(New York) – Iranian authorities should immediately charge or release at least 10 journalists and bloggers arrested since the beginning of 2012, Human Rights Watch said today. The arrests appear to be part of the government’s most recent campaign to disrupt the free flow of information ahead of parliamentary elections scheduled for March 2.
On January 19, security forces stormed the home of Shahram Manouchehri, a journalist, searched and confiscated his belongings, and transferred him to an unknown location. On January 17, security forces stormed the homes of two journalists, Marzieh Rasouli and Sahamoddin Bouraghani, in Tehran and arrested them. On January 15, agents arrested Parastou Dokouhaki, a journalist, blogger, and women’s rights activist. At least six other journalists and bloggers have also been arrested and detained since the beginning of the year. All have been associated with reformist papers or websites critical of government policies.
“This wave of arrests against journalists and bloggers is a brazen attempt by the authorities to exercise absolute control over information available to the citizens,” said Joe Stork, deputy Middle East director at Human Rights Watch. “Officials should immediately release all journalists and bloggers currently languishing in Iran’s prisons without ever being publicly charged and presented with the evidence against them, or serving time for exercising their right to freedom of expression.”
Authorities have refused to reveal publicly the charges against the journalists and bloggers arrested since the beginning of the year. On January 24, BBC’s Persian website reported that judicial authorities had acknowledged the issuance of a “temporary detention” order for Dokouhaki, but a source close to the families of Rasouli and Dokouhaki told Human Rights Watch that judicial authorities have so far refused to meet with the families or provide any official reasons behind the women’s arrests. The source said that Dokouhaki had contacted her family by phone several times since her arrest, but that Rasouli had only managed to call her family once, within 24 hours of her arrest. Security agents confiscated Rasouli and Dokouhaki’s private belongings, including their laptops, during the raids.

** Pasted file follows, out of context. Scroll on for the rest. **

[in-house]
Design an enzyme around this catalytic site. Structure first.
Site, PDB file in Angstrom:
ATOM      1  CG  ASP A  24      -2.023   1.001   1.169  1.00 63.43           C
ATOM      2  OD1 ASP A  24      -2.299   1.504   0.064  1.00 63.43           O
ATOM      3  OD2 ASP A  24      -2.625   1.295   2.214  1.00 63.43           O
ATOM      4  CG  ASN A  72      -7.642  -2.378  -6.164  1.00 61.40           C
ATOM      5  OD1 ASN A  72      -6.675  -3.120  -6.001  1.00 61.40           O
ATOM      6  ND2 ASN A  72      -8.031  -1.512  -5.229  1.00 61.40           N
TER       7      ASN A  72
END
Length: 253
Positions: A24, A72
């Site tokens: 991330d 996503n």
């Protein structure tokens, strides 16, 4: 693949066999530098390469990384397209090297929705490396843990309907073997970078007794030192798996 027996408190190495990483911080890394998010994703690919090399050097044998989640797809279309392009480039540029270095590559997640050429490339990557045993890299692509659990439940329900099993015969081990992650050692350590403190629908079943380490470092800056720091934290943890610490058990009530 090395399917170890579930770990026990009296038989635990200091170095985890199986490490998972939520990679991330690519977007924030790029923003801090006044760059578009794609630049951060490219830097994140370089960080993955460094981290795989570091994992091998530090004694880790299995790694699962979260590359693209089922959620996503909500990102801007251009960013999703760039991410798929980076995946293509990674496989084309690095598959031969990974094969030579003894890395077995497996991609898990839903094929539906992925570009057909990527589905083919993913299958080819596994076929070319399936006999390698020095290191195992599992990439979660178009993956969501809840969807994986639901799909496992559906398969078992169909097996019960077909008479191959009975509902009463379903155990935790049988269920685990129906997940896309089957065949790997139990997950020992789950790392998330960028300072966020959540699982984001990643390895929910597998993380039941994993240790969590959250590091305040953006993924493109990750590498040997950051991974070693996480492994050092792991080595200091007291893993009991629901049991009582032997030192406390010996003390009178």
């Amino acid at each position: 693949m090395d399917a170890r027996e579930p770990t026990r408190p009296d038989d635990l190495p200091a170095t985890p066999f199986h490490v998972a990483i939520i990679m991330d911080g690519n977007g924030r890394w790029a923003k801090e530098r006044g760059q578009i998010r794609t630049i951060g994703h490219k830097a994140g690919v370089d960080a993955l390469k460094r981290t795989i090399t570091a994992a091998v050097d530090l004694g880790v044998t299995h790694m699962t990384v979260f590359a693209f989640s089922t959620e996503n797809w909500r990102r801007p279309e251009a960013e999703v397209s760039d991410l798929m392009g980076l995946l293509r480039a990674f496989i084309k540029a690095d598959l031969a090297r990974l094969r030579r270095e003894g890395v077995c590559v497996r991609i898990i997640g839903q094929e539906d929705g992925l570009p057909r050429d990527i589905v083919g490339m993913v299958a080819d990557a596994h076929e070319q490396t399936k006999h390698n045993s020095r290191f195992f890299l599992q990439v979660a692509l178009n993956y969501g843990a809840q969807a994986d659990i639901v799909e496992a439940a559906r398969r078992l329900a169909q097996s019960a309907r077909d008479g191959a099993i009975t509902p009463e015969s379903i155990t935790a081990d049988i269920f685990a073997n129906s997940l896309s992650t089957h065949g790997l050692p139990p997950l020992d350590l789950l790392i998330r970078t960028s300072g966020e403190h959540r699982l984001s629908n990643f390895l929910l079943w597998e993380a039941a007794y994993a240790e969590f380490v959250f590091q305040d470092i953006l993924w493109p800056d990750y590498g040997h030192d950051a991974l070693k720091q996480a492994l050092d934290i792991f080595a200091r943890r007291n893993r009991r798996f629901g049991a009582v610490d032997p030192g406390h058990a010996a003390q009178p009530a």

Following Rasouli’s arrest, BBC’s Persian website reported that the agents accused her of “acting against the national security” at the time of her arrest. Similar reports suggest that Dokouhaki has been informed that she is being charged with “propaganda against the regime.”
The source told Human Rights Watch that Rasouli and Dokouhaki are in Ward 2-A of Evin Prison in Tehran, which is controlled by Iran’s Revolutionary Guards Corps.
During their careers, Rasouli, Dokouhaki, Manouchehri, and Bouraghani have all been associated with reformist papers, some of which have since been shut down by the authorities. They have also been previously targeted for their activities. In 2007, authorities charged Dokouhaki with “acting against the national security” in relation to her journalism activities, but a court acquitted her in May 2010. In October 2010, authorities prevented Rasouli from leaving the country and the Intelligence Ministry has interrogated her on several occasions. Manouchehri had been arrested during the crackdown that followed the 2009 presidential election.